The Fast and the Furious: Tokyo Drift (2006)

<strong class="MovieTitle">The Fast and the Furious: Tokyo Drift</strong> (2006)

(In theaters, June 2006) There’s something about this series, I don’t know what, that hits all of the buttons that come pre-installed with the Y chromosome. I’m no car freak, and yet plunk me in front of a The Fast And The Furious instalment and watch me cheer over the hot cars, the race sequences and the kissing girls. (It’s not a Fast And Furious film if there are no kissing girls.) Here, the action takes us to Japan, a move that plays heavily on the cultural dissonance and the most outrageous aspects of Tokyo culture. Here, drift-racing clubs take on the air of an cosplay convention and some movie-magic transforms drifting from a tire-squealing risky manoeuvre to a romantic, even heroic endeavour. The film makes no sense, of course, but that scarcely matters once the action has begun. Yup, the hero is a moron; sure, he looks twenty-five; no, he couldn’t have done all of that without being Pearl-Haboured by the Yasuka. But who cares: There are cars, there are girls (whoo, Nathalie Kelley), there are races and there is plenty of fun. As a B-movie, it’s remarkably successful… and it’s even better than 2 Fast 2 Furious.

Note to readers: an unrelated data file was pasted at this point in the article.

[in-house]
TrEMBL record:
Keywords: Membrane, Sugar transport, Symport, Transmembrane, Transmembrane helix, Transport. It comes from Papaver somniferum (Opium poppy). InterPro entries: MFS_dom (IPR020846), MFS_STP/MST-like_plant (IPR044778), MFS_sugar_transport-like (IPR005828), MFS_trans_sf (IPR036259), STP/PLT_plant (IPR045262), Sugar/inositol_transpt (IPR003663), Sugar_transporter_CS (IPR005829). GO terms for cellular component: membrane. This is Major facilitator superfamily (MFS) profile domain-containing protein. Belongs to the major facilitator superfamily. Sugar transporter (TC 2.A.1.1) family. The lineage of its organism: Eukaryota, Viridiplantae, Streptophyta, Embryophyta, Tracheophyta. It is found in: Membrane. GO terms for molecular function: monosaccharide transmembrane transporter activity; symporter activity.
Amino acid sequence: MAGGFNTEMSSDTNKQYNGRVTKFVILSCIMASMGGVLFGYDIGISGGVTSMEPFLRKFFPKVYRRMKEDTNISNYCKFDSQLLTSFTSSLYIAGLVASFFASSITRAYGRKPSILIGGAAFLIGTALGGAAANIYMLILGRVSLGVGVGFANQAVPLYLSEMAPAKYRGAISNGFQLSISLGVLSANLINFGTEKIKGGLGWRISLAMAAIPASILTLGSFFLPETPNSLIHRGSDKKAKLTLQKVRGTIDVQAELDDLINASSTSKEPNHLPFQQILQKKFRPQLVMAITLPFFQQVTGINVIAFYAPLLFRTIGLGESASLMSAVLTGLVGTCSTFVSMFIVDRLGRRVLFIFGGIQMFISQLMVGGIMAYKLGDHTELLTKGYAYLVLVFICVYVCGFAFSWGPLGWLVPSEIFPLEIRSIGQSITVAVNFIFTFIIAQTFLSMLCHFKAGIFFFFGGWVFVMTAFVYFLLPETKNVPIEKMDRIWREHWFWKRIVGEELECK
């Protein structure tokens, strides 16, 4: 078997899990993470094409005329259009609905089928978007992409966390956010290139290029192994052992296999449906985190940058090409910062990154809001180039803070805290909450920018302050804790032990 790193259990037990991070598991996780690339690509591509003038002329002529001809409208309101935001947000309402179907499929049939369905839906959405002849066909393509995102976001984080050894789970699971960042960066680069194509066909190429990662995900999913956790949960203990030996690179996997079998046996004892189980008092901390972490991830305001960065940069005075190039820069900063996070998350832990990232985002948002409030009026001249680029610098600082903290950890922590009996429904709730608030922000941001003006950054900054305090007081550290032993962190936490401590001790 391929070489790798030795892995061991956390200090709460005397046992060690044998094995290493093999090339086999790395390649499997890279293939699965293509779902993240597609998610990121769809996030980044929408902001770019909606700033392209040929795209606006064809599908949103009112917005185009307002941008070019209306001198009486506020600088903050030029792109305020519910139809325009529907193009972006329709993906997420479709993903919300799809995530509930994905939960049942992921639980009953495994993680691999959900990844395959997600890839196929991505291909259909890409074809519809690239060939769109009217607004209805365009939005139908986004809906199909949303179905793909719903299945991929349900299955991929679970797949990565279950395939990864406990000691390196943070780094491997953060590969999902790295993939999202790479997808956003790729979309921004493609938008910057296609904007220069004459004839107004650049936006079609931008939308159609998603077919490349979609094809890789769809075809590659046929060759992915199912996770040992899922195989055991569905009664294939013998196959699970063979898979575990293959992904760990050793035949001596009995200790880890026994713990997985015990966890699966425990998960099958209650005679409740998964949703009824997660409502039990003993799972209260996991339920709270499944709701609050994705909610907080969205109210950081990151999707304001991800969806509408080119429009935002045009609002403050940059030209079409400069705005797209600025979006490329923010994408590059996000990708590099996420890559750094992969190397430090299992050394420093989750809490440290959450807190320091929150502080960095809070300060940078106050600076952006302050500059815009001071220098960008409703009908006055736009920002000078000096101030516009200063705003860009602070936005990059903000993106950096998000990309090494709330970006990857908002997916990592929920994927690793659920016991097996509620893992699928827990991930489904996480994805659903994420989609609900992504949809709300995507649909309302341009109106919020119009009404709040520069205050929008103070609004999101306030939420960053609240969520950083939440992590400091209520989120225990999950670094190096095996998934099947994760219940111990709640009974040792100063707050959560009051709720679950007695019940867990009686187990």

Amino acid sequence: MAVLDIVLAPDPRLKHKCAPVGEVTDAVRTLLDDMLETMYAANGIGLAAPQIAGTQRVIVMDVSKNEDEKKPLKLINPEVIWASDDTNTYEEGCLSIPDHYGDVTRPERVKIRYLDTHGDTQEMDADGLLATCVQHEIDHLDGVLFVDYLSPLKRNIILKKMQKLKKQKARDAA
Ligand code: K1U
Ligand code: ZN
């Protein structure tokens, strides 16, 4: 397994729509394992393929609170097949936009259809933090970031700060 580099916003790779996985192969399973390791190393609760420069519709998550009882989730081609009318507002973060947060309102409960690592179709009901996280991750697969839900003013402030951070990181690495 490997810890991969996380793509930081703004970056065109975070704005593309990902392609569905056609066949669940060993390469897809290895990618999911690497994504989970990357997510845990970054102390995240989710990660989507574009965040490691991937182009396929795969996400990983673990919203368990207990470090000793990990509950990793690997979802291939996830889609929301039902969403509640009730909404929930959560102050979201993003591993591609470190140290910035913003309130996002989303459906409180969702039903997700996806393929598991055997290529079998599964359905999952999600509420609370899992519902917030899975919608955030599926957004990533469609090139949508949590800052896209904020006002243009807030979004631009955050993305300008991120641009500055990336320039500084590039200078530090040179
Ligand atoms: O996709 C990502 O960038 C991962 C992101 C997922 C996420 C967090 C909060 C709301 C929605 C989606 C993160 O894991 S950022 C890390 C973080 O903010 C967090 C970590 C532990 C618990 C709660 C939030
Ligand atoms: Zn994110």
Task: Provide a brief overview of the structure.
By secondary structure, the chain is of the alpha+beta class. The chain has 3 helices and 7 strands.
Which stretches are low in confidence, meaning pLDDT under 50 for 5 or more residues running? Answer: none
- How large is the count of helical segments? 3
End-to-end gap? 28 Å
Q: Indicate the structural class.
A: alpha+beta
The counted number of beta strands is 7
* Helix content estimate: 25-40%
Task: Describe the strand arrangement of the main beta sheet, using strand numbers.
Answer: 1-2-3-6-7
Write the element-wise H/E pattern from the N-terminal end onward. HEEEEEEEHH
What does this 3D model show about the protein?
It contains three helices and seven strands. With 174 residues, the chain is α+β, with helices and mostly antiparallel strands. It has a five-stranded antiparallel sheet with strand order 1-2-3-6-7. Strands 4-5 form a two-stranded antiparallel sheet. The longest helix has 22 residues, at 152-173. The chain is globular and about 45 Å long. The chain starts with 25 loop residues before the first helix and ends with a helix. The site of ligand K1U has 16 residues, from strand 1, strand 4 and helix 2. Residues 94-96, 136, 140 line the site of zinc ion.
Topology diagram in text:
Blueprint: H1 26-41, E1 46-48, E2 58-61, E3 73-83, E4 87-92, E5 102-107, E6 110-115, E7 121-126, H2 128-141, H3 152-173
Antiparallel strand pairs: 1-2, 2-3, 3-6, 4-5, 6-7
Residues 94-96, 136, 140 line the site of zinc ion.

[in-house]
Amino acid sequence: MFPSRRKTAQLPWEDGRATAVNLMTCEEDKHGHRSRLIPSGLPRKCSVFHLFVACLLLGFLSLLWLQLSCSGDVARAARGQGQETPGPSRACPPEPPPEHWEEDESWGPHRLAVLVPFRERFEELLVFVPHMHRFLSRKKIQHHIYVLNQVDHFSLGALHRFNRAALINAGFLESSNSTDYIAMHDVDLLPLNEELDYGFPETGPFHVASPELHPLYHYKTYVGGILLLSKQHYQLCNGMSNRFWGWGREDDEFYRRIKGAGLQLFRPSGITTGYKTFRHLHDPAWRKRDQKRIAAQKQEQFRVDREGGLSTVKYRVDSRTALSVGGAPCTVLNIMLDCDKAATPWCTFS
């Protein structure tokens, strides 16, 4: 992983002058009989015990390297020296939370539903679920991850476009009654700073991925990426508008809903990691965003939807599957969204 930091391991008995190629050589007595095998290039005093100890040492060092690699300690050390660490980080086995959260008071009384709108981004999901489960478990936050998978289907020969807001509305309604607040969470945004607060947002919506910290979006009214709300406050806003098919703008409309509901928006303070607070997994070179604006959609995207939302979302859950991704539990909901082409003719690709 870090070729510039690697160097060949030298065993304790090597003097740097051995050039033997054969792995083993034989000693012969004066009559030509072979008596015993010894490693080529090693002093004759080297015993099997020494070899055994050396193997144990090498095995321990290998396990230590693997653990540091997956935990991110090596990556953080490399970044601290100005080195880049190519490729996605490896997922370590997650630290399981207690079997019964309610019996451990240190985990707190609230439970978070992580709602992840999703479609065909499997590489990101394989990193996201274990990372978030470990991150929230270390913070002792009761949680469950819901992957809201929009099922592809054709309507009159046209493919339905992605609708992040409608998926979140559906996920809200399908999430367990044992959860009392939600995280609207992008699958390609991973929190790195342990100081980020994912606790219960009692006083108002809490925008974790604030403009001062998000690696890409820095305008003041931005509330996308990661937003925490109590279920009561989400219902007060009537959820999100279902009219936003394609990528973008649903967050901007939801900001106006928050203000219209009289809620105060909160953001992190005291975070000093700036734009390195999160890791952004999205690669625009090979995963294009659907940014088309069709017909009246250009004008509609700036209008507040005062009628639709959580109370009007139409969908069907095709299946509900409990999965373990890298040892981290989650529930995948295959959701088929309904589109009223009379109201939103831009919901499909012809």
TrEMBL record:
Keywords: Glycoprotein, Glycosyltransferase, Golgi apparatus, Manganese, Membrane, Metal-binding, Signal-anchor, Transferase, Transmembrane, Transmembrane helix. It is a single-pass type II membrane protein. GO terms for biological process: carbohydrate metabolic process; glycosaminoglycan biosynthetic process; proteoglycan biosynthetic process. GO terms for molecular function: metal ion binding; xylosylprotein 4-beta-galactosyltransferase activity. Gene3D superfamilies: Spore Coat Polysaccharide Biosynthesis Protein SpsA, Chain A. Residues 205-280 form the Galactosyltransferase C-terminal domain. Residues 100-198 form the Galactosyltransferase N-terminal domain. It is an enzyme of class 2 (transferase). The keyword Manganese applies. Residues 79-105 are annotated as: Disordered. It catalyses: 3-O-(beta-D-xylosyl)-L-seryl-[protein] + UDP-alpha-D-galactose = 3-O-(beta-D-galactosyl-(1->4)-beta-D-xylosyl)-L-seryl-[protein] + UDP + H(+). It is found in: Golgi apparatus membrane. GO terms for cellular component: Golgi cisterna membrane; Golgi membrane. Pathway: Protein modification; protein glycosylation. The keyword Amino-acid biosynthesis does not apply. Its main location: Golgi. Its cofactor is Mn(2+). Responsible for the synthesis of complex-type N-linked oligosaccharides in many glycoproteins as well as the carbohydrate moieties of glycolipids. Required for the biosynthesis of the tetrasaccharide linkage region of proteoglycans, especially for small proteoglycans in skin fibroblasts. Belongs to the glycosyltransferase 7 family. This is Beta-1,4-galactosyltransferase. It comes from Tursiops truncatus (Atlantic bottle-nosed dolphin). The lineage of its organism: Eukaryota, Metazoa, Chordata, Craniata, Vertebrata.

(Second viewing, On DVD, July 2007) A year later, this film holds up surprisingly well. Yes, the cars and the action scenes are still the only reason to see the film: The emphasis on drifting makes it feel fresh and original, and the script knows how to vary the thrills of the action sequences. On the other hand, well, the script is still as bland as it was in theatres, with too many incoherences to count and a final act that really misses Sung Kang as the film’s most intriguing character. But what makes the film hold together even as other cheap teen action films fade away is the unusual Tokyo setting, the rapid pacing and the go-for-broke modernity of the atmosphere where reggeaton, a southern white boy, a latina girl and American hip-hop all mix joyously in a Japanese setting. It almost makes one hopeful for the future of the younger generations. In the meantime, there’s still the cars, the girls and the terrific soundtrack to enjoy.

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